Angela Davis (2) and teammate Allison VanBrandt break into a jig after Morenci's softball team won its third consecutive regional title.
  • Front.art.park
    ART PARK—A design created by Poggemeyer Design Group shows a “pocket art park” in the green space south of the State Line Observer building. The proposal includes a 12-foot sculpture based on a design created by Morenci sixth grade student Klara Wesley through a school and library collaboration. A wooden band shell is located at the back of the lot. The Observer wall would be covered with a synthetic stucco material. City council members are considering ways to fund the estimated $125,000 project and perhaps tackling construction one step at a time.
  • Front.train
    WRECKAGE—Morenci Fire Department member Taylor Schisler walks past the smoking wreckage of a semi-truck tractor on the north side of the Norfolk and Southern Railroad tracks on Ranger Highway. The truck trailer was on the south side of the tracks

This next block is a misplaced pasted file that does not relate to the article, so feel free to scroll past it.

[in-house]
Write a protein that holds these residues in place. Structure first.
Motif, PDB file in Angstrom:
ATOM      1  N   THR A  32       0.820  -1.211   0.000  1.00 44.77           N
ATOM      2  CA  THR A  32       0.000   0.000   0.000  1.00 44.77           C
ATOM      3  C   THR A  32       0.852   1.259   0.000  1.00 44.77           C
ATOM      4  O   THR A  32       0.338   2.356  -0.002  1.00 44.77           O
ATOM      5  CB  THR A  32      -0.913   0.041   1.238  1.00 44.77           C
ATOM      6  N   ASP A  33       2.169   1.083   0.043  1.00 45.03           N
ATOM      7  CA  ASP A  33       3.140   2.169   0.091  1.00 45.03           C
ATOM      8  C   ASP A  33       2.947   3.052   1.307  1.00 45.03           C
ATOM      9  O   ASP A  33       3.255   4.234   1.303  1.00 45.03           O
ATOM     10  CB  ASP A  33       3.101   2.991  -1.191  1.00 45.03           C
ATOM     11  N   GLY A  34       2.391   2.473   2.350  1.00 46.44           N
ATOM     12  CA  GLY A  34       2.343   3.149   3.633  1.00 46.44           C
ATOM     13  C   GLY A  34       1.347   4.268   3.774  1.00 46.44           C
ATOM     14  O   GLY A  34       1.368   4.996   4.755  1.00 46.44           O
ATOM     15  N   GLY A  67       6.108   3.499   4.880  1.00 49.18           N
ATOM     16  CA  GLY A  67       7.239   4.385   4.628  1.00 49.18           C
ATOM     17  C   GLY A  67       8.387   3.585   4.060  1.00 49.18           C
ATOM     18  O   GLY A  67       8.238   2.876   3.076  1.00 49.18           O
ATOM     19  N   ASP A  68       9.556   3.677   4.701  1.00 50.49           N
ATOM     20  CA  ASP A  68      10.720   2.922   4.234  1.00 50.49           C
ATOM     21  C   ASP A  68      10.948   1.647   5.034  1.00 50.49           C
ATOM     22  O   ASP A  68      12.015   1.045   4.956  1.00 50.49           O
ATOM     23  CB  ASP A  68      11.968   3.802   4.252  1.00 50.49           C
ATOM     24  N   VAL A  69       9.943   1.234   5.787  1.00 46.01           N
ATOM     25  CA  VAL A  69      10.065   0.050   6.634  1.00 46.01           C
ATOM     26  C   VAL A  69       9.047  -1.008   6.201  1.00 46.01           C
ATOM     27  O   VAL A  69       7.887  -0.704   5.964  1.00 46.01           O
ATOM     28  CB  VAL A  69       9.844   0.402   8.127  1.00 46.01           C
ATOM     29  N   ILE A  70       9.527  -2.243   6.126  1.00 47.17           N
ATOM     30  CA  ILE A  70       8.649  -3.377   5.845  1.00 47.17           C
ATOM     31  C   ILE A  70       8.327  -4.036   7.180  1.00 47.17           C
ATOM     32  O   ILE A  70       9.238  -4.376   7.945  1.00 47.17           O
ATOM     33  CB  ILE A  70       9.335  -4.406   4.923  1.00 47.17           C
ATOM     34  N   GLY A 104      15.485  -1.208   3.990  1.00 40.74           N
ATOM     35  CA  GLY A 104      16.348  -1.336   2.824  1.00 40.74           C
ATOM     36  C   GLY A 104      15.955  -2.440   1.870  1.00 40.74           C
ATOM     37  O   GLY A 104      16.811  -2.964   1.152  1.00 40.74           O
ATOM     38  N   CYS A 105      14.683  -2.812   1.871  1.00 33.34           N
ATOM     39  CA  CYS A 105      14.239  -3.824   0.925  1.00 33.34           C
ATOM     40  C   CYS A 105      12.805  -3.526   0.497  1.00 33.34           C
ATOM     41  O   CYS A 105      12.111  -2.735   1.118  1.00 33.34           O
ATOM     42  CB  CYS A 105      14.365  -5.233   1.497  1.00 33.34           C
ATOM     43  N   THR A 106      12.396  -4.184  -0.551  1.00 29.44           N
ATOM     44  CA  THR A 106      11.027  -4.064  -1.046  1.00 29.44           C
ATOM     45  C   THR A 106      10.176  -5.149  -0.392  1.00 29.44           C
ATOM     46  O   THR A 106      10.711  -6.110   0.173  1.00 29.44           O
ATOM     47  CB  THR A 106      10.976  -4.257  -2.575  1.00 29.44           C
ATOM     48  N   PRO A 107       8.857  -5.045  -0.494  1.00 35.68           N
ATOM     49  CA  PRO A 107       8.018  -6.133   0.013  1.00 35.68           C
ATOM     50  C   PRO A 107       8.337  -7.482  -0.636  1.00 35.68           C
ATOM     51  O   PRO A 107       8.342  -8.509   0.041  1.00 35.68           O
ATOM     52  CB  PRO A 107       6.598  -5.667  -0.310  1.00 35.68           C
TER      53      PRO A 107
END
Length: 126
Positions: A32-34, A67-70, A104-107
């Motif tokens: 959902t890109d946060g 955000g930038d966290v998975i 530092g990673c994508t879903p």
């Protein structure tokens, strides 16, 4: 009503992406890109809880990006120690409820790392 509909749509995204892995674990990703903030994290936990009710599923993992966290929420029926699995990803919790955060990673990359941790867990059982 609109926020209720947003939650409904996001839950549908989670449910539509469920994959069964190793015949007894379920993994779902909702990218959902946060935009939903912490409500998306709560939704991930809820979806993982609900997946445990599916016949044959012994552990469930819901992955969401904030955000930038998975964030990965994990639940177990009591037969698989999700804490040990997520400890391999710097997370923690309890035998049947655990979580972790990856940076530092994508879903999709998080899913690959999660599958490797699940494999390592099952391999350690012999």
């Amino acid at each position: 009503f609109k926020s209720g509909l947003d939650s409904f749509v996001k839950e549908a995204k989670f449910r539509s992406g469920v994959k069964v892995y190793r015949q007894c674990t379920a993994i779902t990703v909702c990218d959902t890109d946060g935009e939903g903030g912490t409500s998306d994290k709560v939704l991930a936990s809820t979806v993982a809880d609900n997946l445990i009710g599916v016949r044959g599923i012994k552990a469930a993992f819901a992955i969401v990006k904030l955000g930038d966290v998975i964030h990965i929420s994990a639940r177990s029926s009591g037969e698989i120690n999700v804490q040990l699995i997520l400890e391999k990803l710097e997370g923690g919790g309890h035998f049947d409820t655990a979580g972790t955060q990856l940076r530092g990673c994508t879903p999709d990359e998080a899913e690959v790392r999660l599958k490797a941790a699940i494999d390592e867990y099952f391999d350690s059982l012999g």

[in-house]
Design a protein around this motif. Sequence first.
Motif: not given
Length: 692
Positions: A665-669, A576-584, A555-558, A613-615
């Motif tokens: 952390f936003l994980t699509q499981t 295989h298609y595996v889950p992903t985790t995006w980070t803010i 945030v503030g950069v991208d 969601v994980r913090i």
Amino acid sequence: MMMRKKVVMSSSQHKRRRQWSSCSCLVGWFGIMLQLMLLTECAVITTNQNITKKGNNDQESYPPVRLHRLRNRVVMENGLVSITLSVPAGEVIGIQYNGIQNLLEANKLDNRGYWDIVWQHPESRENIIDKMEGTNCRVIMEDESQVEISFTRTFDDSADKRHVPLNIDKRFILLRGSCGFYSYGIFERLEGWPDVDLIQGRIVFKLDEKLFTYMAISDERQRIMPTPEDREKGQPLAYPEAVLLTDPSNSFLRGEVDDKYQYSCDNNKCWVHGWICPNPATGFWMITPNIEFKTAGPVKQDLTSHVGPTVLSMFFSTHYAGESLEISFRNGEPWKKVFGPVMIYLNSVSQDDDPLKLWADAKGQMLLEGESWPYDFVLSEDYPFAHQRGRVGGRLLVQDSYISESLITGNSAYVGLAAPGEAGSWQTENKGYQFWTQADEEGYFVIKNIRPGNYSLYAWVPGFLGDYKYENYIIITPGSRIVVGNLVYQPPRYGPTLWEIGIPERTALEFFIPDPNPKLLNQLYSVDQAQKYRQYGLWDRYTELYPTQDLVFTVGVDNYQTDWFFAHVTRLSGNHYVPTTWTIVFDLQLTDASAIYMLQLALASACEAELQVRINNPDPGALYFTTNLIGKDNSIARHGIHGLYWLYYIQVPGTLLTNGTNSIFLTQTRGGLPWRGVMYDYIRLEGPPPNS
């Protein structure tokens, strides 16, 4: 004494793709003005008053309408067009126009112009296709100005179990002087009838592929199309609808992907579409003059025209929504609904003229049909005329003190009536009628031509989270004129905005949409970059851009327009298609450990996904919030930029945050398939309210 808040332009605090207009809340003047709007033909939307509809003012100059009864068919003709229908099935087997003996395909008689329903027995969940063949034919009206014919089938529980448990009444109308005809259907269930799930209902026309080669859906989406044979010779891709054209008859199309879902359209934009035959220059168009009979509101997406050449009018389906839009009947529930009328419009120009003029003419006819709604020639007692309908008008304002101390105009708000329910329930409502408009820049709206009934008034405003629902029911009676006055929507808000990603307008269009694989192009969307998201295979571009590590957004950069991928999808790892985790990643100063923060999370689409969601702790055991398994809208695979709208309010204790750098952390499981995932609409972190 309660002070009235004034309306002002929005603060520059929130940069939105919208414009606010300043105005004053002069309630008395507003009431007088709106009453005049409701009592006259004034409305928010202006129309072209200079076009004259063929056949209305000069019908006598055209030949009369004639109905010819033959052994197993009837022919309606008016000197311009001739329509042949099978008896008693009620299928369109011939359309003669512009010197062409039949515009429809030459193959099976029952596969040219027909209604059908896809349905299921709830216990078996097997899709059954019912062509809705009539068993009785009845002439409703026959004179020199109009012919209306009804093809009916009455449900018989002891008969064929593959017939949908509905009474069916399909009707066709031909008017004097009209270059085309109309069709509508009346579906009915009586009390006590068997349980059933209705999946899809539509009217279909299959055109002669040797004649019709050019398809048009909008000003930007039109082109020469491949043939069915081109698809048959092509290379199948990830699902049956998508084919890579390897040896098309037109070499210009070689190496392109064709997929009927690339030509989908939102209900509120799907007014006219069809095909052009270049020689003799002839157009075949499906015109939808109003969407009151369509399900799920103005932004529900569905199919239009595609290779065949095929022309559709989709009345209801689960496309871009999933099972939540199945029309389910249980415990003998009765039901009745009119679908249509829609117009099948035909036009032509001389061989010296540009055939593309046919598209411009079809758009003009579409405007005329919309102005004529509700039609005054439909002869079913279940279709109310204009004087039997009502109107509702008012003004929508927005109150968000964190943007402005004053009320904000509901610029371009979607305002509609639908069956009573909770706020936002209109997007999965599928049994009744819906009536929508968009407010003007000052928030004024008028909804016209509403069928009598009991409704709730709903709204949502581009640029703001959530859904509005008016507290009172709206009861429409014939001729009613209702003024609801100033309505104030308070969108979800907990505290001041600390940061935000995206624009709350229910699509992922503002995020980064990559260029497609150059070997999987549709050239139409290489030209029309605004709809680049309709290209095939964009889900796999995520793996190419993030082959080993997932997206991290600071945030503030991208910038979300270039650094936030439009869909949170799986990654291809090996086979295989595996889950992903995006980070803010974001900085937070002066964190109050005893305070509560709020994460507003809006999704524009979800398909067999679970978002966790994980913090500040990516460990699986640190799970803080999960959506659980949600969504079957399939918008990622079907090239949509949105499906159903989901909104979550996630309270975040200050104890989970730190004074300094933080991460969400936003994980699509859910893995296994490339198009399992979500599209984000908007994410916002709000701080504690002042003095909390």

• Funcolor
    LEONIE LEAHY was one of three local hair stylists who volunteered time Friday at the Morenci PTO Fun Night. Her customer, Aubrey Sandusky, looks up at her mother while her hair takes on a perfect match to her outfit. Leahy said she had a great time at the event—nothing but happy clients.
  • KayseInField
    IN THE FIELD—2004 Morenci graduate Kayse Onweller works in a test plot of wheat in Texas. She’s part of Bayer CropScience’s North American wheat breeding program based in Nebraska, where she completed post-graduate work in plant breeding and genetics.

Weekly newspaper serving SE Michigan and NW Ohio - State Line Observer ©2006-2016